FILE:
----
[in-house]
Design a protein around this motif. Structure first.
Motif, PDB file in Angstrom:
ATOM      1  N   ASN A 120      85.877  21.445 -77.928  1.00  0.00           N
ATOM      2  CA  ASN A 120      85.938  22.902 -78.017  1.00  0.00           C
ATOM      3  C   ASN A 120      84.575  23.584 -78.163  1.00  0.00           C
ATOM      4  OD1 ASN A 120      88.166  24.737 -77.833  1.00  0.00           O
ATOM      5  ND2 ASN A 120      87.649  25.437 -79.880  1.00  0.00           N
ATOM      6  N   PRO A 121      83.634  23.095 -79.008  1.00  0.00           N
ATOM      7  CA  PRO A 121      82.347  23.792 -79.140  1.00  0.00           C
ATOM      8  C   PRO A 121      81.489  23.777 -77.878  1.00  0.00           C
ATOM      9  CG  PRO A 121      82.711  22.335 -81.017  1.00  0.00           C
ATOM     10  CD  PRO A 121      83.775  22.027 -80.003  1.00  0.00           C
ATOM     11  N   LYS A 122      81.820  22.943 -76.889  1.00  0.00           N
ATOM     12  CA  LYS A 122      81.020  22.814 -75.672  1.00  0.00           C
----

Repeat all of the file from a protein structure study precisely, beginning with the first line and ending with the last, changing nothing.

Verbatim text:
[in-house]
Design a protein around this motif. Structure first.
Motif, PDB file in Angstrom:
ATOM      1  N   ASN A 120      85.877  21.445 -77.928  1.00  0.00           N
ATOM      2  CA  ASN A 120      85.938  22.902 -78.017  1.00  0.00           C
ATOM      3  C   ASN A 120      84.575  23.584 -78.163  1.00  0.00           C
ATOM      4  OD1 ASN A 120      88.166  24.737 -77.833  1.00  0.00           O
ATOM      5  ND2 ASN A 120      87.649  25.437 -79.880  1.00  0.00           N
ATOM      6  N   PRO A 121      83.634  23.095 -79.008  1.00  0.00           N
ATOM      7  CA  PRO A 121      82.347  23.792 -79.140  1.00  0.00           C
ATOM      8  C   PRO A 121      81.489  23.777 -77.878  1.00  0.00           C
ATOM      9  CG  PRO A 121      82.711  22.335 -81.017  1.00  0.00           C
ATOM     10  CD  PRO A 121      83.775  22.027 -80.003  1.00  0.00           C
ATOM     11  N   LYS A 122      81.820  22.943 -76.889  1.00  0.00           N
ATOM     12  CA  LYS A 122      81.020  22.814 -75.672  1.00  0.00           C